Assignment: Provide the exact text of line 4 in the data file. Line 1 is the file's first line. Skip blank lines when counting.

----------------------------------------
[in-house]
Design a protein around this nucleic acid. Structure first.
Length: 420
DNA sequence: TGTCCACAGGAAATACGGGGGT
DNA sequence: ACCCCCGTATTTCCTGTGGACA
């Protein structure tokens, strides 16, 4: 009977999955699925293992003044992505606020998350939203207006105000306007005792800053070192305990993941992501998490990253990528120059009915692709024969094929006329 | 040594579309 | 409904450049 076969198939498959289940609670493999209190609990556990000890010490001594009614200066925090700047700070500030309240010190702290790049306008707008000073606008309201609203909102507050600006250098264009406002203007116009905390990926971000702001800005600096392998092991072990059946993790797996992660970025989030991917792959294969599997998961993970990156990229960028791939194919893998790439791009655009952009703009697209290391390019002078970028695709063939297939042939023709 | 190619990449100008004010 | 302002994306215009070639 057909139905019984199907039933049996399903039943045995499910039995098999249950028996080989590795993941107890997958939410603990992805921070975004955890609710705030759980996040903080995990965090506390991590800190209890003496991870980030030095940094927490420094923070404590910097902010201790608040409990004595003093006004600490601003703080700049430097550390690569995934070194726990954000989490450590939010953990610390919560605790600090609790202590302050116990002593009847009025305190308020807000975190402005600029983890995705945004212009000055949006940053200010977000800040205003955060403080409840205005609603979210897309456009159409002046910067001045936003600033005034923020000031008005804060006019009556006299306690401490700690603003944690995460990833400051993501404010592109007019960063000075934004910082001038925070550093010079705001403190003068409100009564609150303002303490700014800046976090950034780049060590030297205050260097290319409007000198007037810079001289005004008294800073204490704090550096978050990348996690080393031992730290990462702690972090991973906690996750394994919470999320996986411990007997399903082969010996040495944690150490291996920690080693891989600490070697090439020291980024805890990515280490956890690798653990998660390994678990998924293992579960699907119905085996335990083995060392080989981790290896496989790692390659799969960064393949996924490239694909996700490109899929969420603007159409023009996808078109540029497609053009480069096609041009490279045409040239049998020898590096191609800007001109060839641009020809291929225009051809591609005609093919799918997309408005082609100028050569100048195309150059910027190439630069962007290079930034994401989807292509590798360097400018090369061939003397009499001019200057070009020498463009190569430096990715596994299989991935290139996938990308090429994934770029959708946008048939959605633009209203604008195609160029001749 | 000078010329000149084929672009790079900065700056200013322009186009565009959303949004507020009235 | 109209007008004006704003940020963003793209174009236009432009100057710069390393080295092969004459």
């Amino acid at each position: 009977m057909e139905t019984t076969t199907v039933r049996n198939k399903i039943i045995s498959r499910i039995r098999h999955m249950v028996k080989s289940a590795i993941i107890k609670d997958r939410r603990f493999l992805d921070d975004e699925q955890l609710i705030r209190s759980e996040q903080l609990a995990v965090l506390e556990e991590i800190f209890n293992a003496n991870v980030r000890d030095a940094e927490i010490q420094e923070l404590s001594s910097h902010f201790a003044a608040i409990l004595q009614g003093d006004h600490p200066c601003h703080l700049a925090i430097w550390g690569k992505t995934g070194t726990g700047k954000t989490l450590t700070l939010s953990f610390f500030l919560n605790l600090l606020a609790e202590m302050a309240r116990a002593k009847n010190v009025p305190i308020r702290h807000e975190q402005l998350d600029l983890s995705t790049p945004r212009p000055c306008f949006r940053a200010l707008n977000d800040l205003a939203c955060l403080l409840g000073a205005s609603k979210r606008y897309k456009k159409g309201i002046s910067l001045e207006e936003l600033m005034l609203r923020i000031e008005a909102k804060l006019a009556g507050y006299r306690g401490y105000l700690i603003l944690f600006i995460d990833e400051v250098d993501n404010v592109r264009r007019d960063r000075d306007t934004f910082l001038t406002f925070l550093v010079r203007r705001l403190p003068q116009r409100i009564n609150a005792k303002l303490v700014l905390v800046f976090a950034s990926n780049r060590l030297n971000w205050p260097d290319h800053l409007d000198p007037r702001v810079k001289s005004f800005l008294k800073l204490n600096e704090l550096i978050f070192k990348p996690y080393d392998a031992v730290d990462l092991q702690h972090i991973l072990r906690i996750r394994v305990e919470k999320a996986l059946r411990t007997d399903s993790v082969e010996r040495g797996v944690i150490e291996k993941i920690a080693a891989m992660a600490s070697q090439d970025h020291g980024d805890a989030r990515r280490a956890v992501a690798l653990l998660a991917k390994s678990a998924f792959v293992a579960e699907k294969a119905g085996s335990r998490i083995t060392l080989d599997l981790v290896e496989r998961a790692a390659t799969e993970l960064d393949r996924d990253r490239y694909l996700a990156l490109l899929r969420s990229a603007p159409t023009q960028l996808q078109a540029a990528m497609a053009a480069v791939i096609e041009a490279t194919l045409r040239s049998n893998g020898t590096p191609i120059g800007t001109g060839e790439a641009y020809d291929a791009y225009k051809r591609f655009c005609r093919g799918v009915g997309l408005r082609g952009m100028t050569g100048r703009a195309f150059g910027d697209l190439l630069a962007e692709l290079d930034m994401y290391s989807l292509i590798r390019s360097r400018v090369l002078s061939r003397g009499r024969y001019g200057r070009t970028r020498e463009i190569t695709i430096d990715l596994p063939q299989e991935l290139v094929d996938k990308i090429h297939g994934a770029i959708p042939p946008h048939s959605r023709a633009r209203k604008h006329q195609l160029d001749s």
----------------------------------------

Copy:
DNA sequence: TGTCCACAGGAAATACGGGGGT